In its search for the El Faro, a missing cargo ship with 33 people aboard that sailed into the path of Hurricane Joaquin last week, the U.S. Coast Guard reported finding a large field of debris about 100 miles northeast of Samana Cay in the southeastern Bahamas on Sunday.
The ship has been missing since its crew sent a distress signal on Thursday from an area near Crooked Island -- in the same southeastern area of the Bahamas where Joaquin passed as a slow-moving Category 4 storm that destroyed homes and flooded roads over the weekend.
Chief Petty Officer Bobby Nash of the U.S. Coast Guard said search crews, including a C-130 cargo plane, a helicopter and numerous ships, found debris including Styrofoam, wood, cargo and ship fenders across an area measuring about 225 square miles.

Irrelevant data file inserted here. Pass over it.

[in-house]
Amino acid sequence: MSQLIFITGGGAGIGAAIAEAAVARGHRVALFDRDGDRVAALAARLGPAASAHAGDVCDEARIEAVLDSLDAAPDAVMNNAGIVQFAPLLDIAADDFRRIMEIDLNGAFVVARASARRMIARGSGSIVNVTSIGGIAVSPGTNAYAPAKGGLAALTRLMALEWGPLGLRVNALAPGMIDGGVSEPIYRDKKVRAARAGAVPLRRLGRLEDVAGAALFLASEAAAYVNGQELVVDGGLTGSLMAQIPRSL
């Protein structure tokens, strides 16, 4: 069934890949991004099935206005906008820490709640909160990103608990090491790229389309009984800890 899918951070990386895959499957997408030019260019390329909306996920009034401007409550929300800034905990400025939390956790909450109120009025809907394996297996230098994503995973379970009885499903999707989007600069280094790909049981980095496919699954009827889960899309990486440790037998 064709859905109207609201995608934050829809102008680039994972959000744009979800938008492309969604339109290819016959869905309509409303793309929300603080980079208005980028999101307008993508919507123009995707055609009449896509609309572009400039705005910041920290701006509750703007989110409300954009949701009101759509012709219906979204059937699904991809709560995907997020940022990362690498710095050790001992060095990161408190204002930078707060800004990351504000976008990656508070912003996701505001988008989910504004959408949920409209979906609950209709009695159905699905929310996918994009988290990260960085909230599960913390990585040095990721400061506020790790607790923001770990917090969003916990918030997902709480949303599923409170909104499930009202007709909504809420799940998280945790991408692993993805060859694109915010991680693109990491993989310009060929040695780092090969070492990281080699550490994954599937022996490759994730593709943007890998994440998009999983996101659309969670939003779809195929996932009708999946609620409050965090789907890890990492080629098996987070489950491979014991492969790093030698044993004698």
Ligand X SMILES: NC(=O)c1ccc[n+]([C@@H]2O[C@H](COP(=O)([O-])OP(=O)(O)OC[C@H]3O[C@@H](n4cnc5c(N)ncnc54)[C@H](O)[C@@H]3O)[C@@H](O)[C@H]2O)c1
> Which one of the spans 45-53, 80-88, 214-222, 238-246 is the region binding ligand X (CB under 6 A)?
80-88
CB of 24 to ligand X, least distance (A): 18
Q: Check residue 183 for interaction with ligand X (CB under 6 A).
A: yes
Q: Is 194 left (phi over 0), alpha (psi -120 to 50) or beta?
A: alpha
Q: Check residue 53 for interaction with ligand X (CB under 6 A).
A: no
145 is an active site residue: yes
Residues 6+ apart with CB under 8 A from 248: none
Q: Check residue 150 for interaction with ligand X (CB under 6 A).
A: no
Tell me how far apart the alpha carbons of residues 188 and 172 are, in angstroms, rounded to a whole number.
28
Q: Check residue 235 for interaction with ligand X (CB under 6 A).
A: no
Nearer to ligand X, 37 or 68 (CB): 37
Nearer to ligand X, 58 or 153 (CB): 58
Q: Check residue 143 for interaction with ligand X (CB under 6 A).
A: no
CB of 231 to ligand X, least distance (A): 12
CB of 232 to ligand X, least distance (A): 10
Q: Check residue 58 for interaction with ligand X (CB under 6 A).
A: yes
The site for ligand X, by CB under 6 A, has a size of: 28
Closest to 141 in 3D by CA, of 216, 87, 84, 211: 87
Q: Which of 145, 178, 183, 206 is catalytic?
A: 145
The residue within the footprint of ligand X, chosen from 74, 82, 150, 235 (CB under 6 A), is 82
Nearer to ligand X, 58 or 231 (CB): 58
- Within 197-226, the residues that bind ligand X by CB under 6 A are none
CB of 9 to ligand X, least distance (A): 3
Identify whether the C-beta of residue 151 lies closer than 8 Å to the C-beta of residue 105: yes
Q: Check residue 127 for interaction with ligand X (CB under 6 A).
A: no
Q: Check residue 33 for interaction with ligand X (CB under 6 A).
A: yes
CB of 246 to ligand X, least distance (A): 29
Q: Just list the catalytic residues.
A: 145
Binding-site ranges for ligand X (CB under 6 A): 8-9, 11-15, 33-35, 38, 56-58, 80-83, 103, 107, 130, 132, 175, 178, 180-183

Though the Coast Guard has not yet linked the debris to the El Faro, Nash said the finding was "pretty significant for us."
"At this point it's too early to say that it definitely belongs to that ship," Nash said. "It is consistent with things that look like that type of vessel."
The U.S. flagged El Faro, a 790-foot container ship,
was headed to Puerto Rico. Aboard the ship was a crew of 28 Americans and five from Poland.
Joaquin developed into a Category 4 storm with sustained winds of at least 130 mph beginning Thursday afternoon through Friday afternoon. The storm lost some punch before regaining Category 4 wind speeds on Saturday morning through about dawn on Sunday.
The storm swept across a large area of the Bahamas, and its eye passed over Samana Cay in the southeast portion of the island chain.
On Saturday evening, the Coast Guard announced that it had found a life ring belonging to the El Faro, but no sign of the ship itself. The life ring was found 70 miles from the last known location of the ship.